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Less pomp, more circumstance, but hope aplenty

Progressive Cattle Editor David Cooper Published on 24 July 2020

Sending a high school graduate out into the world, and through the ever-widening wake of the coronavirus, you quickly realize traditions must be broken.

While we love to serenade all senior classes with soaring wisdom that they have power to change the world, the truth is this class has been drastically changed by it. The COVID-19 outbreak doesn’t care about our calendars, money or cultural status, and it certainly doesn’t care about age.

Many students in the class of 2020 were born in the days and months after the events of Sept. 11, 2001. Hence, they enter a world as adults that’s eerily similar to the one they entered into as children – one filled with fear, uncertainty, economic anxiety and division.

But after participating in three graduation events for our senior – one in a festive “social distance” parade, one in a Zoom call and one in a half-empty gymnasium – the palpable feelings I felt among these new adults are quite positive and infectious.

Where you could expect the rising generation to show skepticism, resentment and pity about a world they’re preparing to inherit, there is actually a wealth of joy, gratitude, earnestness, anticipation, connection and that bravest virtue of all – hope.

One speaker, a church leader, gave what I think is practically the best wisdom of all to this class of graduates – and it probably merits sharing with family and friends, who may be yearning for some brightness of hope.

When painful events unfold in our lives where we have no answers, he said, and the difficulties of those events exact a heavy toll, we can ask ourselves two questions. Why is this happening to me? And what am I supposed to learn from it?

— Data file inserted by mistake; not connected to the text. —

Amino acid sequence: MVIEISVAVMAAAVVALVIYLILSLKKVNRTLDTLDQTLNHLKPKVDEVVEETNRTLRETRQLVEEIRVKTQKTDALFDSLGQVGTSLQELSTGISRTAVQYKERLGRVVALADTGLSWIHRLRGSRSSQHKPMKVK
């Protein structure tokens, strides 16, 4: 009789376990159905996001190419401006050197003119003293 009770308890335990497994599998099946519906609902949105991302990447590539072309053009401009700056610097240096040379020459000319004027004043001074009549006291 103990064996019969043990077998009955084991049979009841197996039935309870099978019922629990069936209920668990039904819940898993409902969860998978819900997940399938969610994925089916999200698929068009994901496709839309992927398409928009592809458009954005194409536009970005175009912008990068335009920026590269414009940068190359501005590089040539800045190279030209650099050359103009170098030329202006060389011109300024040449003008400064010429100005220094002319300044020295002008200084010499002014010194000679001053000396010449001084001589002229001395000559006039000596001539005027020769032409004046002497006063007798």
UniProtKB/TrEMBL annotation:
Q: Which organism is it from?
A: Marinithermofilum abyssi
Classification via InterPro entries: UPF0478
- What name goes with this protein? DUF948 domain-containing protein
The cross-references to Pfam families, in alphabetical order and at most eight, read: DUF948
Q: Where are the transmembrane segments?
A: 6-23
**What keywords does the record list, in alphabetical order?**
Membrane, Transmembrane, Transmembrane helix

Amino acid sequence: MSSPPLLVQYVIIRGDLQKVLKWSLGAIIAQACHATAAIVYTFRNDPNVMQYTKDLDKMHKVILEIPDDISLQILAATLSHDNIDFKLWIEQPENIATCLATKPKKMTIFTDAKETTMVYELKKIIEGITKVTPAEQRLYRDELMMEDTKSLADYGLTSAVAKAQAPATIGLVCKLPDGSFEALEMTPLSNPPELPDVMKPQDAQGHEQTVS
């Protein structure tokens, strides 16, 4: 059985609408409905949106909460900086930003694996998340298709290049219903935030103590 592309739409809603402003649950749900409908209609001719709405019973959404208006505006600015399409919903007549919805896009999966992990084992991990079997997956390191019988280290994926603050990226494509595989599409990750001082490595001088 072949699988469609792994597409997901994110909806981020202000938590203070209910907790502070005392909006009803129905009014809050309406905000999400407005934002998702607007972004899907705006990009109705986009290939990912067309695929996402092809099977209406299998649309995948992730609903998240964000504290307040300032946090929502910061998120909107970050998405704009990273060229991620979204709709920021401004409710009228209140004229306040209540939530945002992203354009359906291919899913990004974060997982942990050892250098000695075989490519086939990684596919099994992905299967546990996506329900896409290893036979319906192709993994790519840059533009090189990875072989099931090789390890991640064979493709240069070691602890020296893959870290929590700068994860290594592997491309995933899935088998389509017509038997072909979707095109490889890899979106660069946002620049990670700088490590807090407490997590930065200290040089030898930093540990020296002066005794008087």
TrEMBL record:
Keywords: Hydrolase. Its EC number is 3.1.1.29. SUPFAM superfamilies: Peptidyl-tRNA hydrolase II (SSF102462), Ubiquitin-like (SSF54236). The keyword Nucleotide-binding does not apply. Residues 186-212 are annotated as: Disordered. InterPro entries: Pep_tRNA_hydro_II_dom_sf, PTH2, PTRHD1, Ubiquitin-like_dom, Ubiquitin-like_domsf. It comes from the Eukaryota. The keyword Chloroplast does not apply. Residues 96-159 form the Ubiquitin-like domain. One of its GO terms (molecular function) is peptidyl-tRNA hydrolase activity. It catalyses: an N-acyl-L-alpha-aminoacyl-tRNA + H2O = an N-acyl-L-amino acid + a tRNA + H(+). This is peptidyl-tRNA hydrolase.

That first question is one we instinctually ask when the hard times come. Did we play some part, make some decision or ignore an opportunity that led to our sea of sorrows? And if so, how long will it take for us to find safer lands ashore?

But it’s the second question that’s harder to explore. That’s the question making us look into ourselves rather than the tempest around us. When we discover what we can learn from the hardest challenges, we realize how every fire doesn’t necessarily have to burn us. It can also warm and show us light.

Our trials will continue. Another class of students will graduate, or enter kindergarten as children, with the uncertainty of COVID-19 hanging over them. Our businesses and families will meet new struggles. New challenges will arise and more social unrest, anger and division along the way.

But opportunity comes in both sunshine and shadow, and you must decide how you’ll find the chance to grow.

The old verse “this too shall pass” doesn’t tell us exactly when it passes. I would guess when it finally does end, our darkest chapters will feel like something else, perhaps something we truly needed along the way. end mark

David Cooper
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